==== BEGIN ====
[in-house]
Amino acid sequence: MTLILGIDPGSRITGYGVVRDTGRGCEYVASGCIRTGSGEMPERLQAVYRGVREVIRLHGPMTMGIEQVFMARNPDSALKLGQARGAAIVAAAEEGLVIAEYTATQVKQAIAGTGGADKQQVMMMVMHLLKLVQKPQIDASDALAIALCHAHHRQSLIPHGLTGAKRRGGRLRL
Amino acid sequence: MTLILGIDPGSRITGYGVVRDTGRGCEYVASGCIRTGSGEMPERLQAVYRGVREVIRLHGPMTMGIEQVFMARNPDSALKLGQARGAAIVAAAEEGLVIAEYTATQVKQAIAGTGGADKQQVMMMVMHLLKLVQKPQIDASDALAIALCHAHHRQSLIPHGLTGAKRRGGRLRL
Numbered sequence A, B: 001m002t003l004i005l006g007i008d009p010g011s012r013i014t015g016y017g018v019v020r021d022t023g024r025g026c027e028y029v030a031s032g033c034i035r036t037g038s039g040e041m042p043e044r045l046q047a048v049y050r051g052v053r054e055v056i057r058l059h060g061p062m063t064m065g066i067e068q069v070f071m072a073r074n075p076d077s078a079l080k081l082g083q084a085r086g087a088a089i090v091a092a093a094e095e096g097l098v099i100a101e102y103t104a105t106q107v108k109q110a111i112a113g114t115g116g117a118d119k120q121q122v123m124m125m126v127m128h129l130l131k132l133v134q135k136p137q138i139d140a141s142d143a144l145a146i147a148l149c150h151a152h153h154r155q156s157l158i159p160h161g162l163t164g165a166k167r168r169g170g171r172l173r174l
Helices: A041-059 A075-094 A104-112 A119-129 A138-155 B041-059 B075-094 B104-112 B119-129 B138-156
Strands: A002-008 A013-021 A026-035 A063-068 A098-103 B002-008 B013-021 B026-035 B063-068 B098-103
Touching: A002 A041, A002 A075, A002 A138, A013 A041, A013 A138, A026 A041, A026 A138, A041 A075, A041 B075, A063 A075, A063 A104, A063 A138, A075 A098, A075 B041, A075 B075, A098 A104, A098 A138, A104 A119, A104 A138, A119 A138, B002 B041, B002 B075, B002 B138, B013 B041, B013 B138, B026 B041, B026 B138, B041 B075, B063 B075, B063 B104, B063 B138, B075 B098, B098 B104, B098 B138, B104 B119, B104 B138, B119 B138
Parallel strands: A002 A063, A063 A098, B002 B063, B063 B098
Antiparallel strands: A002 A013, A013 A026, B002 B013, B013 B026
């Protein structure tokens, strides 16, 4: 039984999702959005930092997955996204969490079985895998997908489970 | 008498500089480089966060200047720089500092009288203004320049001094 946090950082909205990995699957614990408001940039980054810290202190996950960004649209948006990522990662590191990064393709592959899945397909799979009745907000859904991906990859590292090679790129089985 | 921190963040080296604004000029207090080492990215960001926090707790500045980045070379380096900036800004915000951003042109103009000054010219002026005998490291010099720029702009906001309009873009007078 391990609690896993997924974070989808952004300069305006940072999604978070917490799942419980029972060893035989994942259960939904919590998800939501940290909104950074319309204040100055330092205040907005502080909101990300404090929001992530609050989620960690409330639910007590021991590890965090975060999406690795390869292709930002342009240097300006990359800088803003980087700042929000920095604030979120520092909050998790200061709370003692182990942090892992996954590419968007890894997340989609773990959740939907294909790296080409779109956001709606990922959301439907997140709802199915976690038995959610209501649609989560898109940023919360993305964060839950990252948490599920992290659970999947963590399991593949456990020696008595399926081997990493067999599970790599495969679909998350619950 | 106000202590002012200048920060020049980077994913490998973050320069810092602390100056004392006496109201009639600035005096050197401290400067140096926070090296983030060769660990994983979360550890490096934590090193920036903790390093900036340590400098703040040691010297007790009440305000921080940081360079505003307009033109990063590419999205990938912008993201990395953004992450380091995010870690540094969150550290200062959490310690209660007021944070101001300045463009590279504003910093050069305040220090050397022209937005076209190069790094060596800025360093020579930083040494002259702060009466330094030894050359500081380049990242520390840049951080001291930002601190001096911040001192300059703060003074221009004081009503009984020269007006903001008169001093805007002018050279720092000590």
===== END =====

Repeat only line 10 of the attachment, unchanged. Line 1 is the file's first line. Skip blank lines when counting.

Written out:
């Protein structure tokens, strides 16, 4: 039984999702959005930092997955996204969490079985895998997908489970 | 008498500089480089966060200047720089500092009288203004320049001094 946090950082909205990995699957614990408001940039980054810290202190996950960004649209948006990522990662590191990064393709592959899945397909799979009745907000859904991906990859590292090679790129089985 | 921190963040080296604004000029207090080492990215960001926090707790500045980045070379380096900036800004915000951003042109103009000054010219002026005998490291010099720029702009906001309009873009007078 391990609690896993997924974070989808952004300069305006940072999604978070917490799942419980029972060893035989994942259960939904919590998800939501940290909104950074319309204040100055330092205040907005502080909101990300404090929001992530609050989620960690409330639910007590021991590890965090975060999406690795390869292709930002342009240097300006990359800088803003980087700042929000920095604030979120520092909050998790200061709370003692182990942090892992996954590419968007890894997340989609773990959740939907294909790296080409779109956001709606990922959301439907997140709802199915976690038995959610209501649609989560898109940023919360993305964060839950990252948490599920992290659970999947963590399991593949456990020696008595399926081997990493067999599970790599495969679909998350619950 | 106000202590002012200048920060020049980077994913490998973050320069810092602390100056004392006496109201009639600035005096050197401290400067140096926070090296983030060769660990994983979360550890490096934590090193920036903790390093900036340590400098703040040691010297007790009440305000921080940081360079505003307009033109990063590419999205990938912008993201990395953004992450380091995010870690540094969150550290200062959490310690209660007021944070101001300045463009590279504003910093050069305040220090050397022209937005076209190069790094060596800025360093020579930083040494002259702060009466330094030894050359500081380049990242520390840049951080001291930002601190001096911040001192300059703060003074221009004081009503009984020269007006903001008169001093805007002018050279720092000590």